Young Associates- To Start With
26 October 2022
Reviewed by Mary Pat Robertson
Sadler’s Wells Theatre presented the four choreographers in their Young Associates programme at a one-night event on October 26. The evening’s varied programme was greeted with high enthusiasm by a full house of mostly young dance students and dance-lovers.
Each of the four choreographers (Olive Hardy, Vidya Patel, John-William Watson, and Magnus Westwell) were mentored by Ben Duke, Artistic Director of Lost Dog, who wrote that each piece offered “an invitation to enter into an internal world and to see what lives and dances there.”
And what specific and intriguing worlds they were. I was most drawn into the world that Vidya Patel created in Don’t Mind Me, a powerful dance, performed with intensity by her five dancers. The space was delineated strongly by Shankho Chaudhuri’s vertical pillars. Don’t Mind Me presents dancer Dominic Coffey, in an emotionally wrenching performance, struggling to reintegrate mind and body after trauma. All five of the dancers, supported by Shammi Pithia’s original score and Zia Ahmed’s text, turn in stunning performances. Especially notable was Monique Jonas, and Aishani Ghosh in a superb bharatanatyam-influenced solo. The grounded stances, intricate rhythms, and gestural force of this solo made it the central core around which the dance was organised. Patel created a complex, sophisticated work which would be well worth a second viewing.
John-William Watson’s witty dance-theatre piece, Hang in There, Baby, posited a futuristic world where decisions could be gamed out in advance, using avatars. Watson truly created a whole world for us to enter, an office holiday party that explores a potential avenue of alternative reality. Watson not only devised the movement (with creative input from the performers), but also designed the sets and costumes. Sound-artist and composer Adam Vincent Clarke collaborated with a varied and appropriately biting score.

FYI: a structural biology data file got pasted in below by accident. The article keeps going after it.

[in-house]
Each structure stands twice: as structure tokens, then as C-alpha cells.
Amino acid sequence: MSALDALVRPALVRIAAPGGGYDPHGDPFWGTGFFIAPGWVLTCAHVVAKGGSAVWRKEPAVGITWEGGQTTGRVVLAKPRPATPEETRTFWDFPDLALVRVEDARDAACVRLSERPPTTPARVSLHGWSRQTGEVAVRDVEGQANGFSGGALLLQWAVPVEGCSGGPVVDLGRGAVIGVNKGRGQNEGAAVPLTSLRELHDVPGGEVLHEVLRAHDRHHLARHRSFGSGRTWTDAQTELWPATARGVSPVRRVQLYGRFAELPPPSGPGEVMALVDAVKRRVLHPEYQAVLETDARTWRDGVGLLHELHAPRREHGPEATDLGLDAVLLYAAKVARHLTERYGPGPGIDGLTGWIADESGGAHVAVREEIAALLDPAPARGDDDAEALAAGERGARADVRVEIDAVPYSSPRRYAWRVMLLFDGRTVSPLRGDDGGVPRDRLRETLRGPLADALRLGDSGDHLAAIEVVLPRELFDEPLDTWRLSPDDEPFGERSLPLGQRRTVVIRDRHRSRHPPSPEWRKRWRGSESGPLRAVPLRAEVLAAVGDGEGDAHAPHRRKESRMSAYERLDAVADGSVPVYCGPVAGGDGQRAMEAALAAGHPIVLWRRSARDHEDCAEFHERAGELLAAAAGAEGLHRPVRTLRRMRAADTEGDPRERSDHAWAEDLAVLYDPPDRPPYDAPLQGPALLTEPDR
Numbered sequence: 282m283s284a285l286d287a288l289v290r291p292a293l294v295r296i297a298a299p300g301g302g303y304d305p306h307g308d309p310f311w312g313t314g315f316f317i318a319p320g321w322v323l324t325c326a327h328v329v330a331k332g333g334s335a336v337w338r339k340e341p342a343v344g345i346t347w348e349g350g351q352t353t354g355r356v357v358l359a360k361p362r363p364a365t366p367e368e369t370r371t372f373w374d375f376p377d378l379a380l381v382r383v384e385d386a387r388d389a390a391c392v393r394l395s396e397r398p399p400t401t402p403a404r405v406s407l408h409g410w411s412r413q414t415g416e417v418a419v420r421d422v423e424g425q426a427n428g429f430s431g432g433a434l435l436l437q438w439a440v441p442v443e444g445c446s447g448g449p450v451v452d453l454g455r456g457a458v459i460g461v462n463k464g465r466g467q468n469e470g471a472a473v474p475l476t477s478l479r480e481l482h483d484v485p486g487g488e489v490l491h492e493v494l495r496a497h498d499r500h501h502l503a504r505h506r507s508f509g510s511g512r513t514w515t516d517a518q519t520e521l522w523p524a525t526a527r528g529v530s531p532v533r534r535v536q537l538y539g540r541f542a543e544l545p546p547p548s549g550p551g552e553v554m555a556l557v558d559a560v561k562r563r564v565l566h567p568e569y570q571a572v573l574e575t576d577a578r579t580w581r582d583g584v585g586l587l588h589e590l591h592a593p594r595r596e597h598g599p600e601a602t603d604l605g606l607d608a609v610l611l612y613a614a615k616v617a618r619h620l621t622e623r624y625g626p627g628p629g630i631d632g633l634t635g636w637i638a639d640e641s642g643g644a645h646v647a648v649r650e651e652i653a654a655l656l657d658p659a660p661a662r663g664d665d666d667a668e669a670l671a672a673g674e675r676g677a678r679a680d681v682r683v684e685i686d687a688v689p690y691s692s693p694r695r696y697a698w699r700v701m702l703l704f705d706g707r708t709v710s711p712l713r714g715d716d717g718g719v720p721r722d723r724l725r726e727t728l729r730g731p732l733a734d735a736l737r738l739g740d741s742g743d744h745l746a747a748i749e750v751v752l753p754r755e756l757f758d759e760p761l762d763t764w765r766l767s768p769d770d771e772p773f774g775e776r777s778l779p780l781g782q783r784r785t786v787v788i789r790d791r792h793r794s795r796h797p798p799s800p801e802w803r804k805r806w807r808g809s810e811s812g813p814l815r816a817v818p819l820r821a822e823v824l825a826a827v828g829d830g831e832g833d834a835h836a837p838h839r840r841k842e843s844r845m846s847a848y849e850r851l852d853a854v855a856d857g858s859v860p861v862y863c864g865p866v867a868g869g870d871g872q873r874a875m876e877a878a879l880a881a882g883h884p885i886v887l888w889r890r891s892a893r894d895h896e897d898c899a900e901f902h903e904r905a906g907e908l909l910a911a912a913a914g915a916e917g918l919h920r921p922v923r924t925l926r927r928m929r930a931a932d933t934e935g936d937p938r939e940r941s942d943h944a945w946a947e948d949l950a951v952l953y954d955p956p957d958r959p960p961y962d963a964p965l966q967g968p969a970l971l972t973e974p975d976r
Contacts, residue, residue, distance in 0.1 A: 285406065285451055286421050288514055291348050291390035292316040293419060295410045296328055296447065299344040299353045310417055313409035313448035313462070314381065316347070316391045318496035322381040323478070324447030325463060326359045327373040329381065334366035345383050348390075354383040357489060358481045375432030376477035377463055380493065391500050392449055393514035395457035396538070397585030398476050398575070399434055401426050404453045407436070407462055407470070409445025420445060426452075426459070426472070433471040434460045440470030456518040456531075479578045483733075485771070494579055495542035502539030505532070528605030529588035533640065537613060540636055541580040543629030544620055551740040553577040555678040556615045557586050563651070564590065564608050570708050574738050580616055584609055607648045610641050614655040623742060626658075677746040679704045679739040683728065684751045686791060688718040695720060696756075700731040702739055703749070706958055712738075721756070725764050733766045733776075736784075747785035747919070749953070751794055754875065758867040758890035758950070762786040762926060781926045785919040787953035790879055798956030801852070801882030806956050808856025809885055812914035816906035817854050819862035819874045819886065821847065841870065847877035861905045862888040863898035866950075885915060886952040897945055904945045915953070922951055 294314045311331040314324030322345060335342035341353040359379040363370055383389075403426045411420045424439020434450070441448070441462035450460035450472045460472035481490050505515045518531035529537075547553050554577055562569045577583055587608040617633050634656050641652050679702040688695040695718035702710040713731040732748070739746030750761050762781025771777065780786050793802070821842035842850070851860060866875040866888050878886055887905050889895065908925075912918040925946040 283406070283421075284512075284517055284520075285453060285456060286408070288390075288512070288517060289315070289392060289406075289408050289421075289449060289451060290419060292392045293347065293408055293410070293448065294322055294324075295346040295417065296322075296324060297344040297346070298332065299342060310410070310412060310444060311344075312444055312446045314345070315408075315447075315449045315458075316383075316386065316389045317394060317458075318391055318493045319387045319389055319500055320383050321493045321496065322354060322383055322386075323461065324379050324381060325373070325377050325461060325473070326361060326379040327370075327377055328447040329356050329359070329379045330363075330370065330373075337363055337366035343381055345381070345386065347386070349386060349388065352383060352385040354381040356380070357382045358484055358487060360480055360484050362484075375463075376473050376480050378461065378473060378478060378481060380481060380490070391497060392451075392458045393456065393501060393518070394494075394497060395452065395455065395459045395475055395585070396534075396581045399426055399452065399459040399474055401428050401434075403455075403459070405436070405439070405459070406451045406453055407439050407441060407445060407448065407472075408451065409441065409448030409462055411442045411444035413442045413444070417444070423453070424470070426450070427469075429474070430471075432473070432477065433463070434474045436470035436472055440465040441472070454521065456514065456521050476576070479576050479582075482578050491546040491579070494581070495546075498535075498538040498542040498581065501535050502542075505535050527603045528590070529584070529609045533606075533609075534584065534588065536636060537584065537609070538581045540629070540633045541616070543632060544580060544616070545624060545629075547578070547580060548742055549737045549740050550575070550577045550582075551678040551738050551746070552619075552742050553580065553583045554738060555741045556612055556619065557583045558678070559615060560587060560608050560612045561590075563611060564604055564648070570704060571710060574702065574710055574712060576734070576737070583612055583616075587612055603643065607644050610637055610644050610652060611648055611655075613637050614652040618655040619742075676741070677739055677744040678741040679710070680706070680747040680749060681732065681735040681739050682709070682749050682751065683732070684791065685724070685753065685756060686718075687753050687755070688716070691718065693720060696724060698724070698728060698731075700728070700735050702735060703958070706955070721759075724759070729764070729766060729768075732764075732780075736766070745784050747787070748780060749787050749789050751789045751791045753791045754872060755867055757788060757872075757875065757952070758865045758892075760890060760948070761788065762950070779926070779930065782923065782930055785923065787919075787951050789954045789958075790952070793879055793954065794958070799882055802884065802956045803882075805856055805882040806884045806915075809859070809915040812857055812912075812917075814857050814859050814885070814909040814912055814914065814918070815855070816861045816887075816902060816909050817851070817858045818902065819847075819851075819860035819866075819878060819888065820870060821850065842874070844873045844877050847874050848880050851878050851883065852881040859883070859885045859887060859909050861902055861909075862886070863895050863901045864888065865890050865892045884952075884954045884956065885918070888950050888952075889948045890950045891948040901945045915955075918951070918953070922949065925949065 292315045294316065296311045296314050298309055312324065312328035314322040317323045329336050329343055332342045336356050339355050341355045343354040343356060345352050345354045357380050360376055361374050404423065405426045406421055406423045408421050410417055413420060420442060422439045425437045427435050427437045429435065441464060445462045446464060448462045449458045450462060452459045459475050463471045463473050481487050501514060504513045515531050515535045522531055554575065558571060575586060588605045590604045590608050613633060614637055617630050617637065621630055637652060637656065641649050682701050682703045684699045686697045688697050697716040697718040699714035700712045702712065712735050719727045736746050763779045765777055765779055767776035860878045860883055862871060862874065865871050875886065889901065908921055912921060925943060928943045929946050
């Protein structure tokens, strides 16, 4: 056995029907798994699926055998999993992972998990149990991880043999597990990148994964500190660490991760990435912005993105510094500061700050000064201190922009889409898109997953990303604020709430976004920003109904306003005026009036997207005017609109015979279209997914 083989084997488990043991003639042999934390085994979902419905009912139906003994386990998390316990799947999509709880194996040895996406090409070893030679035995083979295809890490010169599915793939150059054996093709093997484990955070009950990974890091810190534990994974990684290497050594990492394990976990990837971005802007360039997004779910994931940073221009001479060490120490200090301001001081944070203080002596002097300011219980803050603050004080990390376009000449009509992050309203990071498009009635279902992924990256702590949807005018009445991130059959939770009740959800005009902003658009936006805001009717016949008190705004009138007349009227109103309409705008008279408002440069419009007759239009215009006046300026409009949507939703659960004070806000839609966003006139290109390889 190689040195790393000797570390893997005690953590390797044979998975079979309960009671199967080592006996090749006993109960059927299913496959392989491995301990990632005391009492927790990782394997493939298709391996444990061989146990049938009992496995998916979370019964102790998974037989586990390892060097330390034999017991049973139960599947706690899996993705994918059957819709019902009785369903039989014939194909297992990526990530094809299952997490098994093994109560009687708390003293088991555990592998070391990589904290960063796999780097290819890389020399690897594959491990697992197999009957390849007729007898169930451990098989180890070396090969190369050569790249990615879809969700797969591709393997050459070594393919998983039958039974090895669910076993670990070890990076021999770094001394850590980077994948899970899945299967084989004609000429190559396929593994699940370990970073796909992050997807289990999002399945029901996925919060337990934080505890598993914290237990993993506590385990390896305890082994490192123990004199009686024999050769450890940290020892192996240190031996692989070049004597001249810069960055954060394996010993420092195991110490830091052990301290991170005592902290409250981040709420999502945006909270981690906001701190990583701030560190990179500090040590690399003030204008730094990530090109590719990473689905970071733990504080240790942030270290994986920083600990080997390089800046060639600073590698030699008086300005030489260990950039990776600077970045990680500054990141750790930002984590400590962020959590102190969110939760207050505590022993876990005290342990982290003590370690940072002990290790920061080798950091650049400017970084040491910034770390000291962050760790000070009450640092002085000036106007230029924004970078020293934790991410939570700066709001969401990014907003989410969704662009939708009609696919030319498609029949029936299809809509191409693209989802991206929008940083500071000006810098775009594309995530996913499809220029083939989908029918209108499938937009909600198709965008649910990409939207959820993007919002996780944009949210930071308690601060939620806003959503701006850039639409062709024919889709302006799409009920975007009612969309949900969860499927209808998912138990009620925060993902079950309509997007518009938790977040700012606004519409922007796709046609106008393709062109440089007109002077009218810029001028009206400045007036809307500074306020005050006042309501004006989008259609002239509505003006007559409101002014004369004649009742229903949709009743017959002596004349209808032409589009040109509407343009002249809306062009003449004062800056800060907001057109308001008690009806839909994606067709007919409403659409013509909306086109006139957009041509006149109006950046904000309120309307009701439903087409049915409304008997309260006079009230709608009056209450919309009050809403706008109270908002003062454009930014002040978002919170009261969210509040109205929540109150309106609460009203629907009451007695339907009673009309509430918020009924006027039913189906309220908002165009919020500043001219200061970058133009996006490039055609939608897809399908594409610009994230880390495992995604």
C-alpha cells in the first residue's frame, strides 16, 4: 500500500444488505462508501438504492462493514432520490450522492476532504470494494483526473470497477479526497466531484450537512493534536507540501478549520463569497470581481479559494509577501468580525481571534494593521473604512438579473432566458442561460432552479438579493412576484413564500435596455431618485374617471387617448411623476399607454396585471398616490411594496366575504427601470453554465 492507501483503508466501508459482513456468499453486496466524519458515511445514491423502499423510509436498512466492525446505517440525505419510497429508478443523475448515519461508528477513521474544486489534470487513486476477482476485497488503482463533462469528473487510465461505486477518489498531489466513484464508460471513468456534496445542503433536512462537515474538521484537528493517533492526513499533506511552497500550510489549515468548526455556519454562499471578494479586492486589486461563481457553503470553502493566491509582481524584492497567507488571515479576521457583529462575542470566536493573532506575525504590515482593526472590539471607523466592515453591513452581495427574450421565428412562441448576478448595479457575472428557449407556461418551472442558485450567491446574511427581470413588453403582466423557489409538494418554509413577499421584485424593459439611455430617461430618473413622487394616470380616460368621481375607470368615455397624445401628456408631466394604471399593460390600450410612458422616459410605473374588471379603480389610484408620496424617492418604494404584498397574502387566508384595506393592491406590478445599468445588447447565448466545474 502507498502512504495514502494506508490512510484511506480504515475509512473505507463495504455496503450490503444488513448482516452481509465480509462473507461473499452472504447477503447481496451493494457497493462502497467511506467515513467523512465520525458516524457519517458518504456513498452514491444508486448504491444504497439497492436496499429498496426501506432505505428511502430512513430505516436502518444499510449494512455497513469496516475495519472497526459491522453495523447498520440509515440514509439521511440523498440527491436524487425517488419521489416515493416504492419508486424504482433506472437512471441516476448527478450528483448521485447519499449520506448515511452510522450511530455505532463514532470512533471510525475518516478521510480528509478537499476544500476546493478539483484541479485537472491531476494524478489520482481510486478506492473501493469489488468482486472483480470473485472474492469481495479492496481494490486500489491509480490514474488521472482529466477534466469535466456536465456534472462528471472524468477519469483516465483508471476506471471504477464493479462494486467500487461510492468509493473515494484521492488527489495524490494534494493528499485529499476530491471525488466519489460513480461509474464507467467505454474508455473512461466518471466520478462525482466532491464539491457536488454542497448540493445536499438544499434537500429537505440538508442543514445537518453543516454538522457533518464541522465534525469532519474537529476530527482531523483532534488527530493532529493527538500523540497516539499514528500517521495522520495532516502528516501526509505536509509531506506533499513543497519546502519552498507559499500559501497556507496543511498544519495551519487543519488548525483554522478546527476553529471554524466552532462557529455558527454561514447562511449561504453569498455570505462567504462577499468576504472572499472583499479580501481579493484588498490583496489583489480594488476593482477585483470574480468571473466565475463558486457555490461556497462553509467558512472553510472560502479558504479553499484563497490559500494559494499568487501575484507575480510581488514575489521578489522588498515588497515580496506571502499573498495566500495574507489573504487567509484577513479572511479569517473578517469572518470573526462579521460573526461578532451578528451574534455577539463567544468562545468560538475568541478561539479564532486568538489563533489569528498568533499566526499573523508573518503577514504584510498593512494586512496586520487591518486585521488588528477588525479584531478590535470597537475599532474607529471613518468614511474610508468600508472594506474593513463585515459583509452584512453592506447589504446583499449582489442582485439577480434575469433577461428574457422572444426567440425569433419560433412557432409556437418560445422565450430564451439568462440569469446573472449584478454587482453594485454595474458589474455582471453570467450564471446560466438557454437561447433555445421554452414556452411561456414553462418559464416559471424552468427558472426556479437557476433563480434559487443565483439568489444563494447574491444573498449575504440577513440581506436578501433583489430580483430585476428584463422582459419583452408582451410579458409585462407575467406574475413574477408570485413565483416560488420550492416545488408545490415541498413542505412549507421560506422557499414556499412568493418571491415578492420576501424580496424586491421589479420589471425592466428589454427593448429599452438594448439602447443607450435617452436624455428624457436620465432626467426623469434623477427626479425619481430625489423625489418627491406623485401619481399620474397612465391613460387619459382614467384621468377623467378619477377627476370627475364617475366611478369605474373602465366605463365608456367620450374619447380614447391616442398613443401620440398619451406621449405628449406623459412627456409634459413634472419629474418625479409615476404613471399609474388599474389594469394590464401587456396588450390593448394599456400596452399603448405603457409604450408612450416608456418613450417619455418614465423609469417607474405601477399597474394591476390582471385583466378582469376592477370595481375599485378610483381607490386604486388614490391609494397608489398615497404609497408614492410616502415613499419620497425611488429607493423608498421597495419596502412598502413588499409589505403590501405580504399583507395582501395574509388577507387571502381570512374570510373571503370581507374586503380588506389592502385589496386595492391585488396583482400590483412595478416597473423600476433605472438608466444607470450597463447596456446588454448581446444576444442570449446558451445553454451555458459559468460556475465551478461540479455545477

Extreme states defined the improvisation-based movement of Olive Hardy’s work, And I Know Nothing Again Once More. The dancers powerfully conveyed Hardy’s bleak look at a world of disaster and futility. Sound artist Samir Kennedy’s work gave the dancers a strong base, and the striking costumes and fabric props were designed by India Ayles.
The final work on the programme immersed us in another fully-imagined world. Magnus Westfall creates work which has been seen across a variety of platforms, ranging from clubs to festivals, galleries and theatres across Europe. I liked Westfall’s statement about SUNDER, that they hoped in this dance to “offer a sonic, visual and physical” world for us to inhabit. This hope was abundantly fulfilled, starting with fog enveloping the audience, and then Westfall themself seen in the orchestra pit playing the prepared violin. Westfall composed the music for the dance, which included recorded segments on cello and sax. The dancers moved mysteriously through a landscape illuminated with shafts of light and lasers, designed by Ryan Joseph Stafford. Particularly striking was a recurring motif of two dancers locking arms and heads, reminiscent of young male deer fighting for dominance. The striking costumes were styled by Marianthi Hatzikidi, who also works in the world of fashion.
The support given to these emerging artists by Sadler’s Wells is impressive and well-placed. In addition to Duke’s guidance, each artist was given two mentors, and (I assume) free rehearsal space. The programme, offered to young artists between the ages of 18-24, offers them two full years of training and professional development. The opportunity to have that kind of support at a crucial moment in an emerging career is rare. The culminating event itself is a golden opportunity for a young choreographer, to have one’s work presented on one of London’s premiere stages, with full technical and front of house support. Bravo to all.
Mary Pat Robertson is a choreographer, teacher, and dance writer newly transplanted to London from the US.